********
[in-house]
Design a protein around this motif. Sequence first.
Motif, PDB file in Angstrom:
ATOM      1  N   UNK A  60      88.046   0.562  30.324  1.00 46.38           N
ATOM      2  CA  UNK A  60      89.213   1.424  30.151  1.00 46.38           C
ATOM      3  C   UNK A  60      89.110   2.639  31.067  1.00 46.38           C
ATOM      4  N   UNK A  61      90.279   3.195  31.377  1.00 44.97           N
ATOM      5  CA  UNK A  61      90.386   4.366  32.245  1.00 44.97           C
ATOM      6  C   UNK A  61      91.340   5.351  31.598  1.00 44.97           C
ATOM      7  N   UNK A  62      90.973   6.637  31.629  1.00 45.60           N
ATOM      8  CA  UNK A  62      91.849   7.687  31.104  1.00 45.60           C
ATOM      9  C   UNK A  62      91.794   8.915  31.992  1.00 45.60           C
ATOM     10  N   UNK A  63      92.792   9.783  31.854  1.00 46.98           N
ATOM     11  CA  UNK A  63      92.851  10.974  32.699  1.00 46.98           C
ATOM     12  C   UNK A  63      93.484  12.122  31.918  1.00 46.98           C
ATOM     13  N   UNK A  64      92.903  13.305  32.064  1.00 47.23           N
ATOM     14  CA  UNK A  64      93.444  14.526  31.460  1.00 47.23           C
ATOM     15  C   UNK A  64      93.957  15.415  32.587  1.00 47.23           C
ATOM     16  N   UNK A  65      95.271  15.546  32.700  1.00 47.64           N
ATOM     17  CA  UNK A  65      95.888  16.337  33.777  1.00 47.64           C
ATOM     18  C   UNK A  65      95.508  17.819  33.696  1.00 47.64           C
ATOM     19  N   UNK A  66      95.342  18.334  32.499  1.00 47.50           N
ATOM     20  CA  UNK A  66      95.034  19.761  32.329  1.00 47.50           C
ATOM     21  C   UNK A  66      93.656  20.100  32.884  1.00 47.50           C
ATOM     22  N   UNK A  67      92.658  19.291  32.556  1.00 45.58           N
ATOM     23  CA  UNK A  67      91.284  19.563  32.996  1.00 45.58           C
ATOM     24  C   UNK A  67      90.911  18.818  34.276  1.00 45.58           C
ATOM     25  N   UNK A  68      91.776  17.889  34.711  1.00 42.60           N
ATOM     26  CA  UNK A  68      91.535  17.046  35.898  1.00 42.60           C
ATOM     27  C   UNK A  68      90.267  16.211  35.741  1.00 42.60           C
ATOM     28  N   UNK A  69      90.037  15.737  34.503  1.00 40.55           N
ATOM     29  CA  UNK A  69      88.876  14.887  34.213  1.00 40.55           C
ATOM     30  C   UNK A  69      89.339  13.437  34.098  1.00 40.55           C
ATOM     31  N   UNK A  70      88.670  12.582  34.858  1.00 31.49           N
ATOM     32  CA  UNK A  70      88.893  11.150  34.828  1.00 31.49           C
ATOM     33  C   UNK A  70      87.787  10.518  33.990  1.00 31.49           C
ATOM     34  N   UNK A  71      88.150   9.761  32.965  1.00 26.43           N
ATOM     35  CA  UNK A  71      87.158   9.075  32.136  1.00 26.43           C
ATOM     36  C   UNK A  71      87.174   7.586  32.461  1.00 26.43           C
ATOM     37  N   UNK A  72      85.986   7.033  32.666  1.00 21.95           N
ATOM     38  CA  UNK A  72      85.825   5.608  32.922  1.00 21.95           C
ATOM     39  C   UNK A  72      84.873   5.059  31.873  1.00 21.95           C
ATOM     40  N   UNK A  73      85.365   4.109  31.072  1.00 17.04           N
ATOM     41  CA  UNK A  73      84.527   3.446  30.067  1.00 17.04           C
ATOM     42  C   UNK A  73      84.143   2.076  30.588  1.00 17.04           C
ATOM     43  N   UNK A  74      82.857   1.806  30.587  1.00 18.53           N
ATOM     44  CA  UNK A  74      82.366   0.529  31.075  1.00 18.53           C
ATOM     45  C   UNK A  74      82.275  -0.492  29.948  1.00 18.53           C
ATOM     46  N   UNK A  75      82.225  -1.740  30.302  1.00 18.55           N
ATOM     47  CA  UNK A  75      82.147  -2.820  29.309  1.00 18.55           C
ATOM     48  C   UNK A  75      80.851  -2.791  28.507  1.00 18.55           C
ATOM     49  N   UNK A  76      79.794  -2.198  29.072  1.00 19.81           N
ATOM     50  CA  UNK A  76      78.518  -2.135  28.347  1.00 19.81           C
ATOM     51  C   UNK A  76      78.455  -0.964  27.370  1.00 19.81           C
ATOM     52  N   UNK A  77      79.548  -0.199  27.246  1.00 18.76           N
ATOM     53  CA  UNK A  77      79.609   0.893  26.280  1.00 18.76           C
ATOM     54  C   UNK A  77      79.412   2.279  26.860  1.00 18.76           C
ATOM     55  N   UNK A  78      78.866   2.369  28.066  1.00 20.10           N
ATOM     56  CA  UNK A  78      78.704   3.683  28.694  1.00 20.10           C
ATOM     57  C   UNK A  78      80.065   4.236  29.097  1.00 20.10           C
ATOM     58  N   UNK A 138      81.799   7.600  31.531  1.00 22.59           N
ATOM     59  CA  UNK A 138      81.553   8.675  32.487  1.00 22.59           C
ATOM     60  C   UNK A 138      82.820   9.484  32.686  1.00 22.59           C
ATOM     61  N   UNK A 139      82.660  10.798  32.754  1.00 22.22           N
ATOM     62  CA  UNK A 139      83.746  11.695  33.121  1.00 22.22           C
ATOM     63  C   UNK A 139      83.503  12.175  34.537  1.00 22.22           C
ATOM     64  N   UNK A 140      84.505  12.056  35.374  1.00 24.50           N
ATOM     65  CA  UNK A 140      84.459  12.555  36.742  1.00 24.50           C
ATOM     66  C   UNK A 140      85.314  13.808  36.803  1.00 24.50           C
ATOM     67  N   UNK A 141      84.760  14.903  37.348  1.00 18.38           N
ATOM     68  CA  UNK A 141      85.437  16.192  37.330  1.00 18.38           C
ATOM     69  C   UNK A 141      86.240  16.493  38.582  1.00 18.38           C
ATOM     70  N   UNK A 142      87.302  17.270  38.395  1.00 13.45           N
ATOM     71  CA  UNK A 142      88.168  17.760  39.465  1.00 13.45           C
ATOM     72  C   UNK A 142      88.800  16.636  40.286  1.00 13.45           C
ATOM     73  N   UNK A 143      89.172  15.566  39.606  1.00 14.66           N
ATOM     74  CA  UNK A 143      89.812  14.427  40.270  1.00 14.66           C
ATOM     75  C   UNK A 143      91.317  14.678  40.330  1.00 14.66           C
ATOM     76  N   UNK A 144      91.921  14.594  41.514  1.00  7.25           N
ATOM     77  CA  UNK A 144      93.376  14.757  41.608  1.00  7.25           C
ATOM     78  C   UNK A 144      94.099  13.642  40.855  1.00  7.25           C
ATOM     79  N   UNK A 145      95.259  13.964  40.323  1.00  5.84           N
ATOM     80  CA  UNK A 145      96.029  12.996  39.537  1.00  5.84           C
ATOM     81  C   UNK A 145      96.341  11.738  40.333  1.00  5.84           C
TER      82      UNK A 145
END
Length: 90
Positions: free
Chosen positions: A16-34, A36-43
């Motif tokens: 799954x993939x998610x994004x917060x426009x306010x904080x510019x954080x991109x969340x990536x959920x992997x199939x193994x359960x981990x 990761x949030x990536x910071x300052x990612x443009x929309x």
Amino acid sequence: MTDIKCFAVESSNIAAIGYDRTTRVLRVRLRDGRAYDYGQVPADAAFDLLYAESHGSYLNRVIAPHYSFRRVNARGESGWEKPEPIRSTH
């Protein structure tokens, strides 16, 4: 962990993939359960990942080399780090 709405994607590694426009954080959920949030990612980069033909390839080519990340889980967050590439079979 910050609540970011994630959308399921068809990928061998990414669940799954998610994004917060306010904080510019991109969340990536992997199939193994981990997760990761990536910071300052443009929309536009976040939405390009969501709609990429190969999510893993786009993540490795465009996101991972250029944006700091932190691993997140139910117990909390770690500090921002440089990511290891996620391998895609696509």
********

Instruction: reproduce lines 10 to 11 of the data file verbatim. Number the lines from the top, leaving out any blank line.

ATOM      7  N   UNK A  62      90.973   6.637  31.629  1.00 45.60           N
ATOM      8  CA  UNK A  62      91.849   7.687  31.104  1.00 45.60           C